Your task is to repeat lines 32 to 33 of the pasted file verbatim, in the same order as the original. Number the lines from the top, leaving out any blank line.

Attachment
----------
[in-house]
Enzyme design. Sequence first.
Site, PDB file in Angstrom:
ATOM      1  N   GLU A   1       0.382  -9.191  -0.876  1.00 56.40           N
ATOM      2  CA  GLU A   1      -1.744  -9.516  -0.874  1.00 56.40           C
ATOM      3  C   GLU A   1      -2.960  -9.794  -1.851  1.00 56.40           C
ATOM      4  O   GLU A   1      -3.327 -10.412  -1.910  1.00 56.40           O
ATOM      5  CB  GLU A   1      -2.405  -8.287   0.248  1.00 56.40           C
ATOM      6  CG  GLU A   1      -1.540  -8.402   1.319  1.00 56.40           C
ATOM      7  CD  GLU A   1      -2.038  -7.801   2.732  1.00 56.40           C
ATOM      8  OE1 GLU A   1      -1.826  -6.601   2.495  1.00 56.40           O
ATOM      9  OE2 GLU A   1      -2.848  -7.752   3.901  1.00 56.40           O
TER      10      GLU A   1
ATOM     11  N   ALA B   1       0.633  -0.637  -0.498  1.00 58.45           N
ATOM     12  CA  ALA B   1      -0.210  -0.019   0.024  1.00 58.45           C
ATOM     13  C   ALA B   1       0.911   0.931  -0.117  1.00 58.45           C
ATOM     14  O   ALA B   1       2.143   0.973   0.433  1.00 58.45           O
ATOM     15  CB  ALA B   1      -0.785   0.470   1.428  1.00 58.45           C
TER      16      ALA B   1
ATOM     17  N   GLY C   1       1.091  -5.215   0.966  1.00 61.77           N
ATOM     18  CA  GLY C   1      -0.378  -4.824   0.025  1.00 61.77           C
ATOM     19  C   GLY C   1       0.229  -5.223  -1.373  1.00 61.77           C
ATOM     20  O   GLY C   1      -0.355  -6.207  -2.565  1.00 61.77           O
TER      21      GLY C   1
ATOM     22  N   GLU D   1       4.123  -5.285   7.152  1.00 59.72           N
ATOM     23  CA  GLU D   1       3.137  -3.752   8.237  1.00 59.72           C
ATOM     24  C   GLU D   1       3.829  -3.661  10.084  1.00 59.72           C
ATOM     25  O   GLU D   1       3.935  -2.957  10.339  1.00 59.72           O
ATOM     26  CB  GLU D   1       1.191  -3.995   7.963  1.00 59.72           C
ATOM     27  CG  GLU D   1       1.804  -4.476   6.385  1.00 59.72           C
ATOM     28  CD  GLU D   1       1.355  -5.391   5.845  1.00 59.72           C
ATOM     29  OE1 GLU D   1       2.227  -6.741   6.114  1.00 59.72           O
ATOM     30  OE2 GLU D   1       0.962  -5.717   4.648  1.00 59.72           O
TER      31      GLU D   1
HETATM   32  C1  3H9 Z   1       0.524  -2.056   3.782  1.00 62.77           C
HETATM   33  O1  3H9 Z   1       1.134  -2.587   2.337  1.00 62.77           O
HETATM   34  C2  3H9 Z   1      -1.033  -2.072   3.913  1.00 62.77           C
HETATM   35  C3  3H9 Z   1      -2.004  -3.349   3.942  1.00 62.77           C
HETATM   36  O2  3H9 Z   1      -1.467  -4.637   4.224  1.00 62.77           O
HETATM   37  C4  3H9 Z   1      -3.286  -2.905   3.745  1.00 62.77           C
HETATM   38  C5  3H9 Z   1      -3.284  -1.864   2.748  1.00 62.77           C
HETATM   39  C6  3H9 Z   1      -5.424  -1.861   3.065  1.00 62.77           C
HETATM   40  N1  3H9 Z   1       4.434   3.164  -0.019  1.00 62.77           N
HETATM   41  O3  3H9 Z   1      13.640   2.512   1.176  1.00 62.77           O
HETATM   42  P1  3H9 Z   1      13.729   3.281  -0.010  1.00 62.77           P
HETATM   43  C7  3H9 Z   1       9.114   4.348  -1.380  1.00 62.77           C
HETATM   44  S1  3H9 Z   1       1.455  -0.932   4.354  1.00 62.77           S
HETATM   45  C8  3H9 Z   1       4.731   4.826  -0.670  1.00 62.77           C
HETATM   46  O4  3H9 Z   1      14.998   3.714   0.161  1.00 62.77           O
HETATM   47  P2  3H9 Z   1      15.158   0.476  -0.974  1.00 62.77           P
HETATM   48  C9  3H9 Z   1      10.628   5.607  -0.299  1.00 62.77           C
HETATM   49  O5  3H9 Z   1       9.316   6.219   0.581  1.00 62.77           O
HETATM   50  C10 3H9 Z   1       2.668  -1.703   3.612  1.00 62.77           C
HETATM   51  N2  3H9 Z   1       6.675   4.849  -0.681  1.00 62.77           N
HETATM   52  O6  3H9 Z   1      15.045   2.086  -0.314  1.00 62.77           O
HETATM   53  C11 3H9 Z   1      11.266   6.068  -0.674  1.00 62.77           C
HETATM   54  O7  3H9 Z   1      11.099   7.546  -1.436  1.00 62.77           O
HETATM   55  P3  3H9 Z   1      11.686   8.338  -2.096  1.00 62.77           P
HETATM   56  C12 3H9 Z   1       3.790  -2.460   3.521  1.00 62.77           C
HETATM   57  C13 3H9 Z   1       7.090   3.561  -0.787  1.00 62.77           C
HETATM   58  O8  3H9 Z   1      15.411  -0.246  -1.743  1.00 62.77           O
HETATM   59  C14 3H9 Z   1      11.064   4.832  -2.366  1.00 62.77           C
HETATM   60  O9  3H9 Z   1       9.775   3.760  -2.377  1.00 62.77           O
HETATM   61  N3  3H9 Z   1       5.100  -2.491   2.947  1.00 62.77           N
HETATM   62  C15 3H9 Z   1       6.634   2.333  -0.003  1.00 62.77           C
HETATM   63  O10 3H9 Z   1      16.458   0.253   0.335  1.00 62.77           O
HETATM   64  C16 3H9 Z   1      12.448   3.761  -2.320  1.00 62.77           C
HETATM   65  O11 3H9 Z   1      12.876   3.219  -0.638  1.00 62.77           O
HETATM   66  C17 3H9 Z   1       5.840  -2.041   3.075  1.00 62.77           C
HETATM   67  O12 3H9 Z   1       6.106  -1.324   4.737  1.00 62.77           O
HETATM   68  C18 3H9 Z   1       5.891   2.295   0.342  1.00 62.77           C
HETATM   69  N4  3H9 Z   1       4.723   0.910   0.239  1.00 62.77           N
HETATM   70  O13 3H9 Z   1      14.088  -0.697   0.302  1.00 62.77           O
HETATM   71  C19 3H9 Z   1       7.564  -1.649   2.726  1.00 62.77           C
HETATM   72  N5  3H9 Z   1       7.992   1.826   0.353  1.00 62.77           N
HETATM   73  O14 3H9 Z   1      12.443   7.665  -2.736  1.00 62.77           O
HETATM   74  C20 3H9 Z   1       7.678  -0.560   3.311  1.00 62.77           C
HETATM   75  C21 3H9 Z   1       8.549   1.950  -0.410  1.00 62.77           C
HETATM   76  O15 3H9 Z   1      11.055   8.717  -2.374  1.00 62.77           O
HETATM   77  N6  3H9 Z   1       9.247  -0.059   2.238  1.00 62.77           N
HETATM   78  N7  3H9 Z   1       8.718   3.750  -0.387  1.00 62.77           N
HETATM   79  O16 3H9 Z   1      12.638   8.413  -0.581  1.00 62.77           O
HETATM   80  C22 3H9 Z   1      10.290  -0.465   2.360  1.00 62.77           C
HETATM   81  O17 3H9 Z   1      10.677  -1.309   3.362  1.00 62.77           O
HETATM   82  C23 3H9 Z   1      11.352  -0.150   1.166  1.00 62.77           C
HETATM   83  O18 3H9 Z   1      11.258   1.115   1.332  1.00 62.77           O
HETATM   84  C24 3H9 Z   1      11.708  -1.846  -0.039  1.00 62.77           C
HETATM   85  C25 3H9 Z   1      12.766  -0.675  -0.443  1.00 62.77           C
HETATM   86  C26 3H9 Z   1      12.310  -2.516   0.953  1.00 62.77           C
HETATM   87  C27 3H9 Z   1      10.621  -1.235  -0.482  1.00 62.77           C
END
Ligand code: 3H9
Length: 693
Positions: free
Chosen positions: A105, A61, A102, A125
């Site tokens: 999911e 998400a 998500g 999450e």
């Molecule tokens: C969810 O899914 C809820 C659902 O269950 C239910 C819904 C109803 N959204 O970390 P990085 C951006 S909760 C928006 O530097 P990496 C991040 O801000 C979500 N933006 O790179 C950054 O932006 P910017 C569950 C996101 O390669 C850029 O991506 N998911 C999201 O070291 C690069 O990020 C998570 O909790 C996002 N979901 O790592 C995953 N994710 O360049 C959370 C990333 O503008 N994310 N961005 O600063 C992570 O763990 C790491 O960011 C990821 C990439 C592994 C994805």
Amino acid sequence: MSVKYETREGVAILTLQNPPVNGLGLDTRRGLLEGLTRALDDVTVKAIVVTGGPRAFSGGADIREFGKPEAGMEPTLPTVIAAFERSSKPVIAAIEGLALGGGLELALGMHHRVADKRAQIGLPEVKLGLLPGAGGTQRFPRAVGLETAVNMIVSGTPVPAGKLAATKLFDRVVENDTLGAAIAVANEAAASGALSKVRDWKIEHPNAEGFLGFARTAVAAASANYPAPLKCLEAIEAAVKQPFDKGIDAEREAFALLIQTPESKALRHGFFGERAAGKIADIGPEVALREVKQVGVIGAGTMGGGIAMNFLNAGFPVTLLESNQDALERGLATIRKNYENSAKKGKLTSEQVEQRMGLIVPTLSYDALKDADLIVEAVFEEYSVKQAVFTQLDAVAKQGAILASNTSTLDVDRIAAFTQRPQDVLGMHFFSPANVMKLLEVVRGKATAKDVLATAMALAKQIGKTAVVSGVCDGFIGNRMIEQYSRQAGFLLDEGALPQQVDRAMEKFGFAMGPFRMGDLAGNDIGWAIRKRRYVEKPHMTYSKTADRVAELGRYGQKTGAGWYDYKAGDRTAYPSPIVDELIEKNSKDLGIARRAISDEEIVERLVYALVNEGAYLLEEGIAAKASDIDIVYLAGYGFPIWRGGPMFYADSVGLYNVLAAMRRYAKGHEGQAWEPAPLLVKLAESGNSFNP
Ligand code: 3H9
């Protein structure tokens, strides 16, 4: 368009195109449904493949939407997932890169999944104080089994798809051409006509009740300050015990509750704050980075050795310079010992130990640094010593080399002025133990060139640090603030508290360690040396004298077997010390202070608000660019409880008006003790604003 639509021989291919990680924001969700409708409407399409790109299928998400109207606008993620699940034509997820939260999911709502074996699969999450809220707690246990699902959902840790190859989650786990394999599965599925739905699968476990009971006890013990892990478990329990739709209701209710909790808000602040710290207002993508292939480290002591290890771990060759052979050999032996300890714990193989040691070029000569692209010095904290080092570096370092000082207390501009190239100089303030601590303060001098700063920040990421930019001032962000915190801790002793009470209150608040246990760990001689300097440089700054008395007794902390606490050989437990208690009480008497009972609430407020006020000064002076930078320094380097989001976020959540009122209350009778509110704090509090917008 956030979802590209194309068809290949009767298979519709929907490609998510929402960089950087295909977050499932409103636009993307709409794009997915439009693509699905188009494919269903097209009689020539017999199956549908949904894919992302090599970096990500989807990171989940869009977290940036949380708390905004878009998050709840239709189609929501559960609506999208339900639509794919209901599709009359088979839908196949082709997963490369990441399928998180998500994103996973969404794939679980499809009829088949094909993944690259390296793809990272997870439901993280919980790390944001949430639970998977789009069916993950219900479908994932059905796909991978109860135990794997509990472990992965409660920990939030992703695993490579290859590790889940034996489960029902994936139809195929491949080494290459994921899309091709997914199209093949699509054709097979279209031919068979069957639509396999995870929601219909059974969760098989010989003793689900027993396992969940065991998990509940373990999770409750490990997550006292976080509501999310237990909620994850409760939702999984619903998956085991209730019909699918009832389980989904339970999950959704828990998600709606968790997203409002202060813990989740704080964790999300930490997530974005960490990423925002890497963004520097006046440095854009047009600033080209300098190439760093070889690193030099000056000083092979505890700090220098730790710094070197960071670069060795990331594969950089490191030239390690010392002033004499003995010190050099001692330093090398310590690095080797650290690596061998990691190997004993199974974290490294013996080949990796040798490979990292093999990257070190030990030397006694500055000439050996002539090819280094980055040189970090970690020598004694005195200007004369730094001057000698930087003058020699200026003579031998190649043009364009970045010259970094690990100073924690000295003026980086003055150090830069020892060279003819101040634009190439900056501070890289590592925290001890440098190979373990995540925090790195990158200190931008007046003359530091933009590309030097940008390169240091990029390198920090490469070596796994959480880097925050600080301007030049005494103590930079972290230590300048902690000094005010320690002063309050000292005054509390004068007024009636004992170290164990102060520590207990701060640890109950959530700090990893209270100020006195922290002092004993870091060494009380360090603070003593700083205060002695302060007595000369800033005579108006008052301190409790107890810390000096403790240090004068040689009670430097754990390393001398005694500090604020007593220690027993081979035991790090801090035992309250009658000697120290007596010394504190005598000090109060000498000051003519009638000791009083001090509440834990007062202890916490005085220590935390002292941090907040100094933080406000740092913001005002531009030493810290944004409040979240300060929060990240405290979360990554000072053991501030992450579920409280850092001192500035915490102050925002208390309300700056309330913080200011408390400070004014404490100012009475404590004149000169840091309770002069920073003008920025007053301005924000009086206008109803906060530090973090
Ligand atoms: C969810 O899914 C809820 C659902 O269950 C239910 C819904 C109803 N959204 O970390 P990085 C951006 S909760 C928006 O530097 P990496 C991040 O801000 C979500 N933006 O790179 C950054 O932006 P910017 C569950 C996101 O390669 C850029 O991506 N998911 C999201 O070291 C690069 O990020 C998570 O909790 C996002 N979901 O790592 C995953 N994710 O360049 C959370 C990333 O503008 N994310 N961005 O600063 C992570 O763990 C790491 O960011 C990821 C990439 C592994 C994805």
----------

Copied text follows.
ATOM     29  OE1 GLU D   1       2.227  -6.741   6.114  1.00 59.72           O
ATOM     30  OE2 GLU D   1       0.962  -5.717   4.648  1.00 59.72           O